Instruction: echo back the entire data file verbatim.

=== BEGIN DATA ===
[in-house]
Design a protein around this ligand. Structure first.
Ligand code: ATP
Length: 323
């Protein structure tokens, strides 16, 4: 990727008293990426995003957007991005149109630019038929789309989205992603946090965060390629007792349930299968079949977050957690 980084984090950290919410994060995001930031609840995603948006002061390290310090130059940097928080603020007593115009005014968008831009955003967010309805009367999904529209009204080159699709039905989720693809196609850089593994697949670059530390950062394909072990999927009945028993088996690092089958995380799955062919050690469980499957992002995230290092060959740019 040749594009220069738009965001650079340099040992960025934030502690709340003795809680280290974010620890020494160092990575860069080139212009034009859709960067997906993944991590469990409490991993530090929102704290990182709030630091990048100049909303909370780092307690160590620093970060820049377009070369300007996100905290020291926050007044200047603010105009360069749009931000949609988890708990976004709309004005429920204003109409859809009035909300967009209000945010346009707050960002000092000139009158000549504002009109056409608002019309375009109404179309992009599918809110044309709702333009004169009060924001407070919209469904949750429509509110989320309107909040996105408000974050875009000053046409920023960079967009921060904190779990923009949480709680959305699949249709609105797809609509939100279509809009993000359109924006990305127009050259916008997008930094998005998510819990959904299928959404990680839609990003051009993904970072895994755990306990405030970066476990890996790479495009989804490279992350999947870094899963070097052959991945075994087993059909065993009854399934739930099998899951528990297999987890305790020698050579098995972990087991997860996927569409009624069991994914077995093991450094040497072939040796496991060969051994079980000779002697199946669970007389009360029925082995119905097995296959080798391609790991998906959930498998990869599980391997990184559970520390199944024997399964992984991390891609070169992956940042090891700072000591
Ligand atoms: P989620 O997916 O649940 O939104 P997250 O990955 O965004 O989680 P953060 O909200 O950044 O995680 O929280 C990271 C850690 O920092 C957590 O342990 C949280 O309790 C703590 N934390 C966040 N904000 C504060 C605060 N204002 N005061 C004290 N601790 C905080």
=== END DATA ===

[in-house]
Design a protein around this ligand. Structure first.
Ligand code: ATP
Length: 323
């Protein structure tokens, strides 16, 4: 990727008293990426995003957007991005149109630019038929789309989205992603946090965060390629007792349930299968079949977050957690 980084984090950290919410994060995001930031609840995603948006002061390290310090130059940097928080603020007593115009005014968008831009955003967010309805009367999904529209009204080159699709039905989720693809196609850089593994697949670059530390950062394909072990999927009945028993088996690092089958995380799955062919050690469980499957992002995230290092060959740019 040749594009220069738009965001650079340099040992960025934030502690709340003795809680280290974010620890020494160092990575860069080139212009034009859709960067997906993944991590469990409490991993530090929102704290990182709030630091990048100049909303909370780092307690160590620093970060820049377009070369300007996100905290020291926050007044200047603010105009360069749009931000949609988890708990976004709309004005429920204003109409859809009035909300967009209000945010346009707050960002000092000139009158000549504002009109056409608002019309375009109404179309992009599918809110044309709702333009004169009060924001407070919209469904949750429509509110989320309107909040996105408000974050875009000053046409920023960079967009921060904190779990923009949480709680959305699949249709609105797809609509939100279509809009993000359109924006990305127009050259916008997008930094998005998510819990959904299928959404990680839609990003051009993904970072895994755990306990405030970066476990890996790479495009989804490279992350999947870094899963070097052959991945075994087993059909065993009854399934739930099998899951528990297999987890305790020698050579098995972990087991997860996927569409009624069991994914077995093991450094040497072939040796496991060969051994079980000779002697199946669970007389009360029925082995119905097995296959080798391609790991998906959930498998990869599980391997990184559970520390199944024997399964992984991390891609070169992956940042090891700072000591
Ligand atoms: P989620 O997916 O649940 O939104 P997250 O990955 O965004 O989680 P953060 O909200 O950044 O995680 O929280 C990271 C850690 O920092 C957590 O342990 C949280 O309790 C703590 N934390 C966040 N904000 C504060 C605060 N204002 N005061 C004290 N601790 C905080």